Here's what being a writer looks like: you get up, go through your morning routine, then you sit down and you write until you're done writing for the day, get up, go through your end-of-the-day routine, go to bed, get up and do it again. Lather, rinse, repeat until you get to those magical words "The End." Then it goes through the editor, gets a pretty jacket, and magically appears on shelves and screens around the world. Sound simple enough? Yeah, well, that's probably what it looks like to the outside world. What isn't said is that writing requires you to a) perform creatively on demand and b) doing everything else around writing that directly, or indirectly, affects the writing even if it doesn't actually produce one word of writing. I imagine models have a tough time looking surprised at being hit with a bucket of glitter after the sixtieth or seventieth time of being made up, dressed up, lit up, hit, washed off, dried off, made up, lit up, hit, washed off, etc. but that's what they're there to do: look delightfully surprised at a faceful of glitter and get the shot. Writers sit down and some unknown magic is supposed to happen, opening up the inspirational floodgates and tapping into the Great Wavelength of the Muse Universe Beyond and the words just flow onto the page in a mad chorus-of-angels dash as seen on Castle and Romancing the Stone. And sometimes this happens. And other times, you sit down and nothing comes and instead of staring at a blank page, you surf the web or do the dishes or scrub the floors or the windows or decide to do a good deed and shovel the neighbor's walk or dedicate your day to rescuing stray wildebeests because you always wanted to try that someday... You get the idea. And yet, if you don't plow through those times, even knowing that you'll just as likely scrap everything you're typing that day, it won't get done. For every 1000 free throws, that basketball player is looking to learn something from each one--each success and each failure--striving to get better, better, best. For every 10,000 words, an author is just as likely to cut them all and start again, or rewrite them, or change course, adding a new subplot or cutting a secondary character, all in the pursuit of the writing.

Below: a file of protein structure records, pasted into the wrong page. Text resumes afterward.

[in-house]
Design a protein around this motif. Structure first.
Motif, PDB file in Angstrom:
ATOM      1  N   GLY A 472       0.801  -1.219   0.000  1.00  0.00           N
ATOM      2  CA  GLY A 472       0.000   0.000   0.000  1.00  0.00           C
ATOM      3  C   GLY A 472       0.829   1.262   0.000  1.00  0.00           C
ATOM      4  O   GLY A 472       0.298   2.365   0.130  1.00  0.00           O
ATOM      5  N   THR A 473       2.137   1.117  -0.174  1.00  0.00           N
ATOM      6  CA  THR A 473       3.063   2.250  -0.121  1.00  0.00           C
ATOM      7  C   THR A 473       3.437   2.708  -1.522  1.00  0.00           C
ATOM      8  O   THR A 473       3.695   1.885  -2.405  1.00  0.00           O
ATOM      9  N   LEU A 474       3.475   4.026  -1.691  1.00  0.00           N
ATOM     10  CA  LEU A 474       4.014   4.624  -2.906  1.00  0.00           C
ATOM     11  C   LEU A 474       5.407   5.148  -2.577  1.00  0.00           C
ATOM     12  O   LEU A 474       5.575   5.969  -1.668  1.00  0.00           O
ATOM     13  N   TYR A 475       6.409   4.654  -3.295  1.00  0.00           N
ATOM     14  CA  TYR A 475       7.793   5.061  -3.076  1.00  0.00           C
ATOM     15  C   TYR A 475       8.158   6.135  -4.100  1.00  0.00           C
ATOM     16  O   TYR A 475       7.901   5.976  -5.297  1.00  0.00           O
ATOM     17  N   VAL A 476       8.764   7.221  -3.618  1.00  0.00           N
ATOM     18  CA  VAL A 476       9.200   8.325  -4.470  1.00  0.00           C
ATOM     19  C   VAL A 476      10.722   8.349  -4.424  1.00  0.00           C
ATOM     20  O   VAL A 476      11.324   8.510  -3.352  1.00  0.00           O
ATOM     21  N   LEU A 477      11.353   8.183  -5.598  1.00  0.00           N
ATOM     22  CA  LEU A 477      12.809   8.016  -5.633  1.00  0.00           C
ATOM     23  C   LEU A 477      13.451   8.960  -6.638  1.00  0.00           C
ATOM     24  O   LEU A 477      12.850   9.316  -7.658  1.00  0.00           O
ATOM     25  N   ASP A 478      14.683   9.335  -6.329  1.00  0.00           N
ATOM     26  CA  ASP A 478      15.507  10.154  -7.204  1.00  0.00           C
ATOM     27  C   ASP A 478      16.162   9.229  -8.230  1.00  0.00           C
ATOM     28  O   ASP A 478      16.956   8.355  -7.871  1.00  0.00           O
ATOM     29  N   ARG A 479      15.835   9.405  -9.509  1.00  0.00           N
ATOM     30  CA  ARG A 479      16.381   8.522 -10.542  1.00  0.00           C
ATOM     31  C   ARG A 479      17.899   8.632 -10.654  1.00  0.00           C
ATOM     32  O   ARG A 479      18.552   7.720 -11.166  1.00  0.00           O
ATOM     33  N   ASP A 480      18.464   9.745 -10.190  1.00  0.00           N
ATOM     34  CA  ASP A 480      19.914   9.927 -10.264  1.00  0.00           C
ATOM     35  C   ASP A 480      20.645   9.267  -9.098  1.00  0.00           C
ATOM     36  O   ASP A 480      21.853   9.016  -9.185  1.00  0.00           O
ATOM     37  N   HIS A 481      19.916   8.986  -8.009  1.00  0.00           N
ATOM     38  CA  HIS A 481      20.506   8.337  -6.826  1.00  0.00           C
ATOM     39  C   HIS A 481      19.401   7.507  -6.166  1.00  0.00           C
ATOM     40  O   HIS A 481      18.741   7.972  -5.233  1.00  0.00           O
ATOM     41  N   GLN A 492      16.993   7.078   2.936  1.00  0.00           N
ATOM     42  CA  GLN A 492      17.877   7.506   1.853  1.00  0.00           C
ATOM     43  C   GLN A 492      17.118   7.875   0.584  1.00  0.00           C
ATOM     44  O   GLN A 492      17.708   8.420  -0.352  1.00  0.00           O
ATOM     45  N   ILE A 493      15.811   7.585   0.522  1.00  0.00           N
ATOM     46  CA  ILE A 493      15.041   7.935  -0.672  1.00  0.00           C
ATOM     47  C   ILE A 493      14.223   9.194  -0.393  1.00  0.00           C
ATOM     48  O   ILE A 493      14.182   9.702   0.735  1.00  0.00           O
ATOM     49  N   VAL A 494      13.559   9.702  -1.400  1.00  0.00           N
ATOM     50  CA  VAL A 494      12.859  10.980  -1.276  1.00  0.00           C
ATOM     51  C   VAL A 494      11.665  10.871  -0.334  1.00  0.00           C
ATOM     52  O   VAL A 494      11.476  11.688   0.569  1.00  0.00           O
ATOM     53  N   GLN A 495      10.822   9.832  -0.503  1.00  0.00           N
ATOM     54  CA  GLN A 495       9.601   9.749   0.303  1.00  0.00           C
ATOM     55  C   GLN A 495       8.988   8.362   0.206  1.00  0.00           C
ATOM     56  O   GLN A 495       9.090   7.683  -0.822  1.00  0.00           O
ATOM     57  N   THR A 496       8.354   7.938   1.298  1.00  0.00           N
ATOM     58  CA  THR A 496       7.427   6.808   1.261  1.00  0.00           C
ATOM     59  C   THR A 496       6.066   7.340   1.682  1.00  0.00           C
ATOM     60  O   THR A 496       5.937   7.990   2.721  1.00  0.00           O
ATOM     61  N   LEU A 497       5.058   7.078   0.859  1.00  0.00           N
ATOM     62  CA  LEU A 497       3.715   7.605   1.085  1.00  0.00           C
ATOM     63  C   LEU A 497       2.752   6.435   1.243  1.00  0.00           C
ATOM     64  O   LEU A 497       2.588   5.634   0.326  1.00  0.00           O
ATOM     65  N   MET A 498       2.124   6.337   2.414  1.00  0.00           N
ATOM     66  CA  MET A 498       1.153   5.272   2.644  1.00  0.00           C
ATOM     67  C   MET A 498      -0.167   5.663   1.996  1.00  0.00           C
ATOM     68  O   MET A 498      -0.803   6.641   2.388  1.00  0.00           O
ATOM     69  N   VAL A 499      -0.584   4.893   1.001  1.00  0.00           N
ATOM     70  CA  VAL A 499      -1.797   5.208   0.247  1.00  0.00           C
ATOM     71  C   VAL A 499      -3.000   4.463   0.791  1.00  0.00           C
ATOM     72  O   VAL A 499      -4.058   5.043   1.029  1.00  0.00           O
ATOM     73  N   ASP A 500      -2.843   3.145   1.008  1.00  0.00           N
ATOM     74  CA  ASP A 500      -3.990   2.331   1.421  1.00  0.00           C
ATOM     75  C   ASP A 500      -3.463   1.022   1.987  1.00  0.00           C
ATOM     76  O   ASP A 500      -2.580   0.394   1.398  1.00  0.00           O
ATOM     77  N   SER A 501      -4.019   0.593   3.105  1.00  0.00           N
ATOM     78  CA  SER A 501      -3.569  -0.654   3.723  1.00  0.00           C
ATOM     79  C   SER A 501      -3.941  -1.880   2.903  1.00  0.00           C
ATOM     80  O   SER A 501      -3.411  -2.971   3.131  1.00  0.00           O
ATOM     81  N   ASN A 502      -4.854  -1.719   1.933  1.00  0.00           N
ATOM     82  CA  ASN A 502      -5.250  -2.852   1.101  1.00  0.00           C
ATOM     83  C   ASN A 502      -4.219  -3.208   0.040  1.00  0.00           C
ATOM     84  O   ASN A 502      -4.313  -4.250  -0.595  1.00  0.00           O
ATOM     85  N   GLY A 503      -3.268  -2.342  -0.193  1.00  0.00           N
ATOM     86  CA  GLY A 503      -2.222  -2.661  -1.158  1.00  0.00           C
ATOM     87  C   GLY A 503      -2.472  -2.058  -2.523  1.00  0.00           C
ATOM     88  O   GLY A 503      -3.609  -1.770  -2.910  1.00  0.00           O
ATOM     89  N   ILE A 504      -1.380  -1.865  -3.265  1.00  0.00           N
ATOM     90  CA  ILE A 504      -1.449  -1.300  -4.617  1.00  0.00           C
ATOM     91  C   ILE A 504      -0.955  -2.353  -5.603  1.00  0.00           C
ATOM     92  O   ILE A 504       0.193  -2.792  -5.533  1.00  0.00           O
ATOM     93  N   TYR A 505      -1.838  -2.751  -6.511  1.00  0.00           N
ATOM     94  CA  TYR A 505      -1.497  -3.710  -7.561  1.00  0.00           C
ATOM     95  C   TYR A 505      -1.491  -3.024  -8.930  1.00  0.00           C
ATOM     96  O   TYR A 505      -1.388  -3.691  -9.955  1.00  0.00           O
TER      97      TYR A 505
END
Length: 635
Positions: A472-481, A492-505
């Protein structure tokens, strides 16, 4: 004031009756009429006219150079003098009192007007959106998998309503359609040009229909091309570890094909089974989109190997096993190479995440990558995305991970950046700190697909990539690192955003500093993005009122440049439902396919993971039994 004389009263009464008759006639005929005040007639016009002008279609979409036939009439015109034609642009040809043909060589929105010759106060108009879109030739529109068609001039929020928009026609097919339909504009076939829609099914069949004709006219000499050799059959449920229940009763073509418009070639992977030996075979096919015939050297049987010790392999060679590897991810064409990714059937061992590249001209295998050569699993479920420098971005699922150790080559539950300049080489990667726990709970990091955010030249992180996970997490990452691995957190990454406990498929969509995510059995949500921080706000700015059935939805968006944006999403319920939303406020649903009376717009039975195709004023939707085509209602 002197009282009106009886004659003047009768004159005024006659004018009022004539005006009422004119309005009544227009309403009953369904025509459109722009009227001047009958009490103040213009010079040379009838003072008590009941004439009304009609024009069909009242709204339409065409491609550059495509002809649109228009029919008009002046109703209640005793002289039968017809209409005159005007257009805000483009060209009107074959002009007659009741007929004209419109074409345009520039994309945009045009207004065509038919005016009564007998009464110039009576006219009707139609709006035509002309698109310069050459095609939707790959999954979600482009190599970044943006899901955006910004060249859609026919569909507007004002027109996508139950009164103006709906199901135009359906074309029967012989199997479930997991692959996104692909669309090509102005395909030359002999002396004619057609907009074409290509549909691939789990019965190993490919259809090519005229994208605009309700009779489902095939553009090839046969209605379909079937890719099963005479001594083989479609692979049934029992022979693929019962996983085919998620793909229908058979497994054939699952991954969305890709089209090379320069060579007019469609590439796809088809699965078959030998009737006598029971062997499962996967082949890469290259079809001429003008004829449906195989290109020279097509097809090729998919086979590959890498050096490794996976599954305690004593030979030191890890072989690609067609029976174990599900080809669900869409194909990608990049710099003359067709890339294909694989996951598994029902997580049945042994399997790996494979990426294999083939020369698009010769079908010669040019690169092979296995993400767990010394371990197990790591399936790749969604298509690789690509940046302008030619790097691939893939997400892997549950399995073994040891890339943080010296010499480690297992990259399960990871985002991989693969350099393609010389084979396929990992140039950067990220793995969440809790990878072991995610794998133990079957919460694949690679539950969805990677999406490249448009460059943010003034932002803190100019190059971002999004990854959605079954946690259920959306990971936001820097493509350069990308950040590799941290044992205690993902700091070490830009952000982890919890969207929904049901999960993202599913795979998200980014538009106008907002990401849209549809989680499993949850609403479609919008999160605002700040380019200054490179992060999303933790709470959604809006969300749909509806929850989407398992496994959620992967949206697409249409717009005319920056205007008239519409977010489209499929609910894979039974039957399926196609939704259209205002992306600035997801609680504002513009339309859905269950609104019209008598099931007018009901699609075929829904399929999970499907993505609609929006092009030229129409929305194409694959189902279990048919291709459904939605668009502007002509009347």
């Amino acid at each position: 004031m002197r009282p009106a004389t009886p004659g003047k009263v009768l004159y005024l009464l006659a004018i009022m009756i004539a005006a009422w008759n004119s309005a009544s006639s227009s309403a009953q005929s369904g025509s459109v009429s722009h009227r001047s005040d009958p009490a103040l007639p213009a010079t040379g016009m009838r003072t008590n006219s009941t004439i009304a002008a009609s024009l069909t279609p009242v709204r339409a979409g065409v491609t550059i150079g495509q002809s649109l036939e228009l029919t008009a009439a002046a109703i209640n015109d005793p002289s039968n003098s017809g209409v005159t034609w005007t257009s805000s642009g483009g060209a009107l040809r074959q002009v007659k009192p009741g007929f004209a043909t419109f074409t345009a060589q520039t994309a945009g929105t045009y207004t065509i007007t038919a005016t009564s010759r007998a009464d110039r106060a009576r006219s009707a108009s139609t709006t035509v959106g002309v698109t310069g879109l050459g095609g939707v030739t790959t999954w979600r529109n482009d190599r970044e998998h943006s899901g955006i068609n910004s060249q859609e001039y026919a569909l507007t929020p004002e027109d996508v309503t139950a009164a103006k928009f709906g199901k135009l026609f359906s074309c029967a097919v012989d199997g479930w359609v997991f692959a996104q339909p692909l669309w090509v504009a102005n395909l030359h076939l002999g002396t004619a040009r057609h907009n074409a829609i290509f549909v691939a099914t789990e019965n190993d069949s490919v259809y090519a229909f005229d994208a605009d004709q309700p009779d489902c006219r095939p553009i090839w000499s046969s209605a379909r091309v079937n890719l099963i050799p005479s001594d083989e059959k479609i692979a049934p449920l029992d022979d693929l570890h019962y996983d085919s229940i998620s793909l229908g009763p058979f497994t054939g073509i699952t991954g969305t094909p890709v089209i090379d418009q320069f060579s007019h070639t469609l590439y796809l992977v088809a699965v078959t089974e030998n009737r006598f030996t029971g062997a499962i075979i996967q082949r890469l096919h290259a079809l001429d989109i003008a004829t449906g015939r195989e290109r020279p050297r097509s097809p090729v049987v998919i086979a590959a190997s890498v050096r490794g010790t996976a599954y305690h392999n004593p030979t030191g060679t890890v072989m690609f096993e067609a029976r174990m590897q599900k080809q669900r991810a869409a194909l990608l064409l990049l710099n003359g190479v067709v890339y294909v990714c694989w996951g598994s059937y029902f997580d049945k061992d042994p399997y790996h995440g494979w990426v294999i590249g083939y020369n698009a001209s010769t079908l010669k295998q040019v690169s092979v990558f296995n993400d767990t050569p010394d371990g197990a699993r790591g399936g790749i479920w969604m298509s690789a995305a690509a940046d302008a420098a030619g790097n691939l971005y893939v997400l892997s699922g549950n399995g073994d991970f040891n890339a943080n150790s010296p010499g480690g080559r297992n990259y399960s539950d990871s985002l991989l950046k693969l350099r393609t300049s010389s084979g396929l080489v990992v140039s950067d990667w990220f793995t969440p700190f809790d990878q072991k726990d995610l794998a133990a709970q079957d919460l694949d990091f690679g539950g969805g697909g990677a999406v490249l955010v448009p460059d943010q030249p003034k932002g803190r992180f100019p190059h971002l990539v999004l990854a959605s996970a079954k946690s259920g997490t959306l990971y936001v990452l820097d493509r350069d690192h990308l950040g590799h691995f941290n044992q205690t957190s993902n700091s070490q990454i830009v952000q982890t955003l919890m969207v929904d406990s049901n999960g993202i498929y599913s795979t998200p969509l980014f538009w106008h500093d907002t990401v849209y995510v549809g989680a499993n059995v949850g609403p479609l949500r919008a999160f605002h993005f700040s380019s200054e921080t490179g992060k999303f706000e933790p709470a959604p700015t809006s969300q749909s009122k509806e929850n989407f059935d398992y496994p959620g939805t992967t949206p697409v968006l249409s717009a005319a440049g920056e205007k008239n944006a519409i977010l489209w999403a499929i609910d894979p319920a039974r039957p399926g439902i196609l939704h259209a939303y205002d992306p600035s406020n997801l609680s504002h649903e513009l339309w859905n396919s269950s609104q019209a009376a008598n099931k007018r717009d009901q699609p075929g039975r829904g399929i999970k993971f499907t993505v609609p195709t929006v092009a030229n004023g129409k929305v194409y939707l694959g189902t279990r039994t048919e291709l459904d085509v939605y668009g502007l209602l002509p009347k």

And those are just the words on paper!